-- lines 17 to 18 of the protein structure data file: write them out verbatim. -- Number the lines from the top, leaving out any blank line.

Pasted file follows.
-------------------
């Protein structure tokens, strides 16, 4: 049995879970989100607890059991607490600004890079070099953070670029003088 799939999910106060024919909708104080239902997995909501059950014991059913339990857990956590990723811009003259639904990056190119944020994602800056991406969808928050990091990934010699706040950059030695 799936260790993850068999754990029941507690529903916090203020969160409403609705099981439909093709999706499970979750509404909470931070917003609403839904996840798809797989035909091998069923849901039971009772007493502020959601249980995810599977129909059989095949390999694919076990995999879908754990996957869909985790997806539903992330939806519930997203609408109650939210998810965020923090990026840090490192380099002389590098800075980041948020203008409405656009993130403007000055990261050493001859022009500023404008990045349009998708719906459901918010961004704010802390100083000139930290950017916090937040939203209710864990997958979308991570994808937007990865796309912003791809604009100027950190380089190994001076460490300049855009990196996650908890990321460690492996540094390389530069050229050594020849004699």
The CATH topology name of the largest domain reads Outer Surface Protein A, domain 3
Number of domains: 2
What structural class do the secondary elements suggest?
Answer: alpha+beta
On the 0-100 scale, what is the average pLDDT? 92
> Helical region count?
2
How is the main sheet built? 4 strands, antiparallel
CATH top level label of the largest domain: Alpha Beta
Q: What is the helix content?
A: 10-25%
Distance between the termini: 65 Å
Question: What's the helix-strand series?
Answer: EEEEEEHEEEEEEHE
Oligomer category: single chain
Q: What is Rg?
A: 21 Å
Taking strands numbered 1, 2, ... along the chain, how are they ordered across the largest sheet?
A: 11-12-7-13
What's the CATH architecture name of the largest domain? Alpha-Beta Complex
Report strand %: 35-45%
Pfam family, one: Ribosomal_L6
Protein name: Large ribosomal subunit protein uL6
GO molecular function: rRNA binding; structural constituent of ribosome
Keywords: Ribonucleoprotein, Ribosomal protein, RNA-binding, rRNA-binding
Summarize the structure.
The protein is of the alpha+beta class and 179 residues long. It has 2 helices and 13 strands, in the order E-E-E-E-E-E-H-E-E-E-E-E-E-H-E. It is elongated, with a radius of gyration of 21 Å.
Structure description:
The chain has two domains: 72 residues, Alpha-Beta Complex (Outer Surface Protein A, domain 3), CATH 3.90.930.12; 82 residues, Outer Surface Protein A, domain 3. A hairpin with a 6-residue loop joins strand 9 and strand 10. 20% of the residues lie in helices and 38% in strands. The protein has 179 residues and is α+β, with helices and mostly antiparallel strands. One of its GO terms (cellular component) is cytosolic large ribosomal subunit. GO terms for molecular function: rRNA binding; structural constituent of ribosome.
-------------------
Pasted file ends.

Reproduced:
Q: What is Rg?
A: 21 Å